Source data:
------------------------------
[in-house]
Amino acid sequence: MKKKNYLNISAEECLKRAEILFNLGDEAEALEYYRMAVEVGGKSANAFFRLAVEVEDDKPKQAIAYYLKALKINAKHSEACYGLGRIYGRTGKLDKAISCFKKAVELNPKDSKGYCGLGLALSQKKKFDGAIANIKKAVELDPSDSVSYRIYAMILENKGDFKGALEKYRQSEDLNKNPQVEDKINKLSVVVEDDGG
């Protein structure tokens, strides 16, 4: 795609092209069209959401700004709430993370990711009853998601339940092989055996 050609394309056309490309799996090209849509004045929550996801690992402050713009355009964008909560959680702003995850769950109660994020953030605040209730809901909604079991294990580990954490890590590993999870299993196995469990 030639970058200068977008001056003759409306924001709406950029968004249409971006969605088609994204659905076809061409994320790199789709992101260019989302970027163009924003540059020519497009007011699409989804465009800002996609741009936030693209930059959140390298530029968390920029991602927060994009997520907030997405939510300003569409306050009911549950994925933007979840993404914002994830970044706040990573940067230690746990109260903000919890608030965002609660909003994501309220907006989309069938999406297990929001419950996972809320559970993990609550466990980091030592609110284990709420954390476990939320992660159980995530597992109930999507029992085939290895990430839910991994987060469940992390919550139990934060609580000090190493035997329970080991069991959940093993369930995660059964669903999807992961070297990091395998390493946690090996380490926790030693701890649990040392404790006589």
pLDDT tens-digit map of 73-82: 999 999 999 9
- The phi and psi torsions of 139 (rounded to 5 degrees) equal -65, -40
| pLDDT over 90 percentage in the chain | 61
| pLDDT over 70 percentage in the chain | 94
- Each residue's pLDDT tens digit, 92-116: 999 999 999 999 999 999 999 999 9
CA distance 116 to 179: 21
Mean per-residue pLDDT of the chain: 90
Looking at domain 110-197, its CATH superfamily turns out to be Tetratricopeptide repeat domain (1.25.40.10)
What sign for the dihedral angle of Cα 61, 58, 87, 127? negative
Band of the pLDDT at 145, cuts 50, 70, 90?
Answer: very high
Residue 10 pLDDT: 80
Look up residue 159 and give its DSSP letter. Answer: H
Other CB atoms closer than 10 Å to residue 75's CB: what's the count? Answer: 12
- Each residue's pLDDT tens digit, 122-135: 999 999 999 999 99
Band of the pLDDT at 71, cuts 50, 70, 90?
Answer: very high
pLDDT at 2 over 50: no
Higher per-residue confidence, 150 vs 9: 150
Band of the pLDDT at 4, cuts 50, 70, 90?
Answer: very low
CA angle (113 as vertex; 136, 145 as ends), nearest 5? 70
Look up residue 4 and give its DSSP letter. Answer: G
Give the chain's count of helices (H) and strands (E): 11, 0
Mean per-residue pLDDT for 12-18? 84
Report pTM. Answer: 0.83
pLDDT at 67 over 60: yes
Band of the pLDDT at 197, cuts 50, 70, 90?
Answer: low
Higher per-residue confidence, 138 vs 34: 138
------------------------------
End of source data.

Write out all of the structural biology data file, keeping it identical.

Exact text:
[in-house]
Amino acid sequence: MKKKNYLNISAEECLKRAEILFNLGDEAEALEYYRMAVEVGGKSANAFFRLAVEVEDDKPKQAIAYYLKALKINAKHSEACYGLGRIYGRTGKLDKAISCFKKAVELNPKDSKGYCGLGLALSQKKKFDGAIANIKKAVELDPSDSVSYRIYAMILENKGDFKGALEKYRQSEDLNKNPQVEDKINKLSVVVEDDGG
């Protein structure tokens, strides 16, 4: 795609092209069209959401700004709430993370990711009853998601339940092989055996 050609394309056309490309799996090209849509004045929550996801690992402050713009355009964008909560959680702003995850769950109660994020953030605040209730809901909604079991294990580990954490890590590993999870299993196995469990 030639970058200068977008001056003759409306924001709406950029968004249409971006969605088609994204659905076809061409994320790199789709992101260019989302970027163009924003540059020519497009007011699409989804465009800002996609741009936030693209930059959140390298530029968390920029991602927060994009997520907030997405939510300003569409306050009911549950994925933007979840993404914002994830970044706040990573940067230690746990109260903000919890608030965002609660909003994501309220907006989309069938999406297990929001419950996972809320559970993990609550466990980091030592609110284990709420954390476990939320992660159980995530597992109930999507029992085939290895990430839910991994987060469940992390919550139990934060609580000090190493035997329970080991069991959940093993369930995660059964669903999807992961070297990091395998390493946690090996380490926790030693701890649990040392404790006589």
pLDDT tens-digit map of 73-82: 999 999 999 9
- The phi and psi torsions of 139 (rounded to 5 degrees) equal -65, -40
| pLDDT over 90 percentage in the chain | 61
| pLDDT over 70 percentage in the chain | 94
- Each residue's pLDDT tens digit, 92-116: 999 999 999 999 999 999 999 999 9
CA distance 116 to 179: 21
Mean per-residue pLDDT of the chain: 90
Looking at domain 110-197, its CATH superfamily turns out to be Tetratricopeptide repeat domain (1.25.40.10)
What sign for the dihedral angle of Cα 61, 58, 87, 127? negative
Band of the pLDDT at 145, cuts 50, 70, 90?
Answer: very high
Residue 10 pLDDT: 80
Look up residue 159 and give its DSSP letter. Answer: H
Other CB atoms closer than 10 Å to residue 75's CB: what's the count? Answer: 12
- Each residue's pLDDT tens digit, 122-135: 999 999 999 999 99
Band of the pLDDT at 71, cuts 50, 70, 90?
Answer: very high
pLDDT at 2 over 50: no
Higher per-residue confidence, 150 vs 9: 150
Band of the pLDDT at 4, cuts 50, 70, 90?
Answer: very low
CA angle (113 as vertex; 136, 145 as ends), nearest 5? 70
Look up residue 4 and give its DSSP letter. Answer: G
Give the chain's count of helices (H) and strands (E): 11, 0
Mean per-residue pLDDT for 12-18? 84
Report pTM. Answer: 0.83
pLDDT at 67 over 60: yes
Band of the pLDDT at 197, cuts 50, 70, 90?
Answer: low
Higher per-residue confidence, 138 vs 34: 138